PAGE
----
Scope of this document
This document gives an introduction on what Bodhi is and its uses in real-time.This is a work in progress and hence the document currently targets end-users, however this document would be updated periodically to target everyone.
This document is targeted towards end users and people part of the engineering team.
What is Bodhi
Bodhi pronounced as bo-dee is a buddhist term for the wisdom by which one attains enlightenment. Bodhi is a modular web based system that facilitates the process of publishing package updates for fedora-based software distribution. Bodhi is currently used to send out package updates for Fedora. Bodhi is a system internal to Red Hat.It maintains a single stage of repositories by adding/updating/removing packages.
Advantages of Bodhi
- Provides an intuitive interface for developers and release engineers to manage pushing out package updates for multiple version releases.
- Helps in delivering quality packages and repository sustainment with automated testing.
- Helps Community testers to get involved in testing of the package updates and provide quality feedback which would reach the packagers/developers.
- Provides a modular framework that will allow future integrations to various other QA and developer tools.
- New packages entering the collection can be announced to users.
- The reasons for an update can be communicated to end users.
- Bodhi generates extended update metadata which is parsed client-side by yum.
- Security updates can be seen by users as a separate channel, with links to the security advisories.
- Automated testing can be done on updates before they are released.
- End users and QA folks who wish to can test updates before they are released.
It is always recommended that you test your package locally to the best of your ability before pushing it into a release.
Packages must then move through the following states in Bodhi. Koji.
Once submitted to Bodhi, packages move through the following states:
- NEW - This is when your update request is being submitted.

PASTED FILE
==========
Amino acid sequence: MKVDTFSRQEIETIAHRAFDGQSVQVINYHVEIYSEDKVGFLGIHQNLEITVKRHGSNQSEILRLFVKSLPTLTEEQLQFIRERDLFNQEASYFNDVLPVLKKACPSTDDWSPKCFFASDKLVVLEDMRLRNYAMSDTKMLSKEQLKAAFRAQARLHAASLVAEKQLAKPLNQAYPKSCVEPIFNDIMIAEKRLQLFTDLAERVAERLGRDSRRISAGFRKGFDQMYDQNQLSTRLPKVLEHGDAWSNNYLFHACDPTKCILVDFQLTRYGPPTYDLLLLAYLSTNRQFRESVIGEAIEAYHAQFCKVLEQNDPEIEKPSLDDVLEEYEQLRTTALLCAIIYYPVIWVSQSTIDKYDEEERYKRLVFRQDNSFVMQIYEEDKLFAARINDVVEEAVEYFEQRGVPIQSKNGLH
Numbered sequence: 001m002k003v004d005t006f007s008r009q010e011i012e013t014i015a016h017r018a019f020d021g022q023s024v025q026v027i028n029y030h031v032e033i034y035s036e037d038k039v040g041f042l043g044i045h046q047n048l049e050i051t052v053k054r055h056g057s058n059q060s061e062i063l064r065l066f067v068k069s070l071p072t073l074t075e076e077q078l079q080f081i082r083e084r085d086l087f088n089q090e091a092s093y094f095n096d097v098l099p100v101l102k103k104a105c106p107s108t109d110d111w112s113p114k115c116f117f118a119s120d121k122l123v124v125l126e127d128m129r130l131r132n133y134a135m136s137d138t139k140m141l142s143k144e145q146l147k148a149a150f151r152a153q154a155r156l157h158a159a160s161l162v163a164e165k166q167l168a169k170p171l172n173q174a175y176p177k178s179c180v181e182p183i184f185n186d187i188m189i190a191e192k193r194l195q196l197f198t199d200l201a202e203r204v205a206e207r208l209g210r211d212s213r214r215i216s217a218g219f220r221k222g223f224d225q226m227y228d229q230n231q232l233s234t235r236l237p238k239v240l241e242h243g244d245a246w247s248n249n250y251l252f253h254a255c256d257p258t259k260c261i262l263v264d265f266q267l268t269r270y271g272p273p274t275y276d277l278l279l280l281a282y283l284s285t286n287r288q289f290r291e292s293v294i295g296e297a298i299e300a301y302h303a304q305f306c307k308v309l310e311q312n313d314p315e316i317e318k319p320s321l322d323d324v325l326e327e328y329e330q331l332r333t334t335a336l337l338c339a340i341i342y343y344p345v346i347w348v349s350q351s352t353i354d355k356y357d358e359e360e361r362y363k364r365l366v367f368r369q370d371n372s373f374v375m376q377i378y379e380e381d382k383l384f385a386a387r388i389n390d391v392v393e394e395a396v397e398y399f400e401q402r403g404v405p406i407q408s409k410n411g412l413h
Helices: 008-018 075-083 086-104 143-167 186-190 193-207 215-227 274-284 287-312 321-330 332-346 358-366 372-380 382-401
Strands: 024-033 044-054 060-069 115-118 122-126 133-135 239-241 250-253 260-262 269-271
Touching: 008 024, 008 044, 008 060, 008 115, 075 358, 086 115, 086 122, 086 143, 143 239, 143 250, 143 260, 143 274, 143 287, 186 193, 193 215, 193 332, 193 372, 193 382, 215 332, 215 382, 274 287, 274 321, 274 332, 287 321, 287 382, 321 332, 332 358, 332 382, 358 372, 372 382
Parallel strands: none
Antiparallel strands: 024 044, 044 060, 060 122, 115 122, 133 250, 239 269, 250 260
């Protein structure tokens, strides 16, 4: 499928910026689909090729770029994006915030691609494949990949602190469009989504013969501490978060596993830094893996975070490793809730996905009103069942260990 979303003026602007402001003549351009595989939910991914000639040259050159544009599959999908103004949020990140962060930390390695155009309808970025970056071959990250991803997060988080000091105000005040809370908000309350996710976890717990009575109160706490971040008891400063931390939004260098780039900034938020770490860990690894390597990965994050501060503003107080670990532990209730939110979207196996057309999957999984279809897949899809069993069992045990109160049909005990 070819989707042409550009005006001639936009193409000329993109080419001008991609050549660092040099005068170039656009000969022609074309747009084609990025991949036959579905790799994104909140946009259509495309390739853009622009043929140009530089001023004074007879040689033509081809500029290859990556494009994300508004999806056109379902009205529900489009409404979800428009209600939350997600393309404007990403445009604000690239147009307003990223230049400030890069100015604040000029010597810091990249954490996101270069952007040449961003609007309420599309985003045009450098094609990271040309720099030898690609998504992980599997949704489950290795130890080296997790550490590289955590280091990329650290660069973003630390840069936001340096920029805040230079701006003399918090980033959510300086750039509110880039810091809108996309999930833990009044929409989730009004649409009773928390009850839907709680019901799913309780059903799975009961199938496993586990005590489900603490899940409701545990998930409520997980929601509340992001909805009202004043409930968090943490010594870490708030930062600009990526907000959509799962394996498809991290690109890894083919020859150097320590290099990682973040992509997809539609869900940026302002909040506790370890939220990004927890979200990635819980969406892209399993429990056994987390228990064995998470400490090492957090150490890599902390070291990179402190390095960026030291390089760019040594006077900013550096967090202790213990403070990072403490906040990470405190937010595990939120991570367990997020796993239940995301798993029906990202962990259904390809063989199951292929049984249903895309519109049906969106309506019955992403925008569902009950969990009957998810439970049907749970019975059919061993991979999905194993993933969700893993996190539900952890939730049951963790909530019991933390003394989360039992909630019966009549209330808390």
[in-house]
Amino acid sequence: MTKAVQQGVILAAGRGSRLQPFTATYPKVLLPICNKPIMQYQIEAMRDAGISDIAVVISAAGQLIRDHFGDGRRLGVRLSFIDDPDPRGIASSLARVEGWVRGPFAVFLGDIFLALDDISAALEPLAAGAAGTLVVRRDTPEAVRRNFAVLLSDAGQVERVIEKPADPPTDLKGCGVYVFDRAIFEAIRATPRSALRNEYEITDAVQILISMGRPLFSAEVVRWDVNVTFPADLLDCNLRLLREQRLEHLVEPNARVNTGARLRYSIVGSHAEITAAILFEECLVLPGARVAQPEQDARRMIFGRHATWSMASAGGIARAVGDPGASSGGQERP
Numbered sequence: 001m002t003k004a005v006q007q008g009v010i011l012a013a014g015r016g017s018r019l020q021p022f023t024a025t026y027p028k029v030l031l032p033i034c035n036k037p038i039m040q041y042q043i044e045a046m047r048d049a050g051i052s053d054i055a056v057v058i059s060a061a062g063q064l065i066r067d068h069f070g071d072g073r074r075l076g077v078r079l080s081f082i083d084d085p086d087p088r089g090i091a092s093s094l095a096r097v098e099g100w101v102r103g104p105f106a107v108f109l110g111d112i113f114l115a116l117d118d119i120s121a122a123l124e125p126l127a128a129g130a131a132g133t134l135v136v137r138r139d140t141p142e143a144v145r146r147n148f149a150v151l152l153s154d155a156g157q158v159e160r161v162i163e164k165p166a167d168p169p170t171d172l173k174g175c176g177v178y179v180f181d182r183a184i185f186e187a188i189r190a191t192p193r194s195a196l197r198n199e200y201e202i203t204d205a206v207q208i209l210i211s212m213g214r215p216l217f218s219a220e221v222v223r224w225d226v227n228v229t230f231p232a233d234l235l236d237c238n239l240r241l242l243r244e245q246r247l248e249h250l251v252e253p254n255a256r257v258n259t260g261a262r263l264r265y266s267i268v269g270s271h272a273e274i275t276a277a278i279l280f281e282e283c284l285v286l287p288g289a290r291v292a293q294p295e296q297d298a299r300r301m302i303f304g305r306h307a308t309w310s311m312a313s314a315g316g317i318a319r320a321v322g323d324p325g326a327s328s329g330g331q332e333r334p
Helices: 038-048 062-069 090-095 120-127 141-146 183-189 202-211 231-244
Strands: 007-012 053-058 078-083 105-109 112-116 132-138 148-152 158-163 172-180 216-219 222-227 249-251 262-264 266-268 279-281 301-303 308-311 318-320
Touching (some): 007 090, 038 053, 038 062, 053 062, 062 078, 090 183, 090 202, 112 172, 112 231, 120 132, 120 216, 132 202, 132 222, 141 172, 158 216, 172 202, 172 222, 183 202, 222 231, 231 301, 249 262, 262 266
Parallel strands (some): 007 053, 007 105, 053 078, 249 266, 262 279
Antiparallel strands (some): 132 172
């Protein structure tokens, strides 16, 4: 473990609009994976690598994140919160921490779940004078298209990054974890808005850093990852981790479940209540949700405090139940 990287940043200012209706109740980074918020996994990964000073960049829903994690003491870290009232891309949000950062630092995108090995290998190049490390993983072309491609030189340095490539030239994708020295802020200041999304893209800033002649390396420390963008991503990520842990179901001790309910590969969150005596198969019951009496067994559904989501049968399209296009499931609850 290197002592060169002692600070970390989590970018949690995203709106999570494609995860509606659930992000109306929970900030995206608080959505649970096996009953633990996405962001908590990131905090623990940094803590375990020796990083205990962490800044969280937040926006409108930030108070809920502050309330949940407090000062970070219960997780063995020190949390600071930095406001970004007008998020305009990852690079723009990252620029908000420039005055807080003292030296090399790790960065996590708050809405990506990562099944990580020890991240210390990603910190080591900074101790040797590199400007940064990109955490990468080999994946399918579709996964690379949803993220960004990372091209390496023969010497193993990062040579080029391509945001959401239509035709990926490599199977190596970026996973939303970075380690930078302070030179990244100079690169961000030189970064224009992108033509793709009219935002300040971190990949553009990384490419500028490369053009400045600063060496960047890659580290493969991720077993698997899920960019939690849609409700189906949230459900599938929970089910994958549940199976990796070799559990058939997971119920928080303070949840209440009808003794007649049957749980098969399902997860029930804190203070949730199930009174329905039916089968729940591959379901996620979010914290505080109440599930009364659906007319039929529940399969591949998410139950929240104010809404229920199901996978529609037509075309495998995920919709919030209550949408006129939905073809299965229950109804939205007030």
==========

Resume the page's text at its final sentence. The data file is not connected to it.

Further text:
- PENDING - Your update has not yet been submitted to the RelEng team for pushing.
- TESTING - Your package is in the updates-testing repository for people to test.
- STABLE - Your package has been released to the main updates repository.
- OBSOLETE - Your package has been obsoleted by a different update
Once built, a package will enter the New state once it is submitted to Bodhi in one of two ways:
- The bodhi-client command line interface
$ bodhi -n -r F7 -t bugfix bodhi-0.4.2-1.fc7
You can see a menu on the left:
Select New Update for the appropriate release and type the name of the package that you would like to update. A list should appear with all of the possible builds for this package, if not then you can type the full name-version-release manually. Select the build that is going to be a potential update. You will be able to specify if the package is bugfix, an enhancement, or a security update. You can also specify any bugzilla bugs related to this update and provide any end user notes. By default, bodhi will close all associated bugs when the update is marked as stable, which can be toggled upon creation.
Bodhi will perform some sanity checks on your update request. Is your package built and available in koji? Is it tagged as an updates candidate for the release you wish to make it available for? The update path for your package will also be checked at this point to make sure you don't release a newer version of a package on an older release. Your update must not break the upgrade path or it will be rejected.
Your packages is now in the New state until you proceed.
When you are satisfied with the details of your update, you then choose "Push to Testing". Alternatively "Push to Stable" may be selected to skip the testing state.
The signing process is currently done by a human, so you will be notified by email when your update has been signed and pushed, and a package update notification will also be sent to fedora-package-announce or fedora-test-list depending on its status.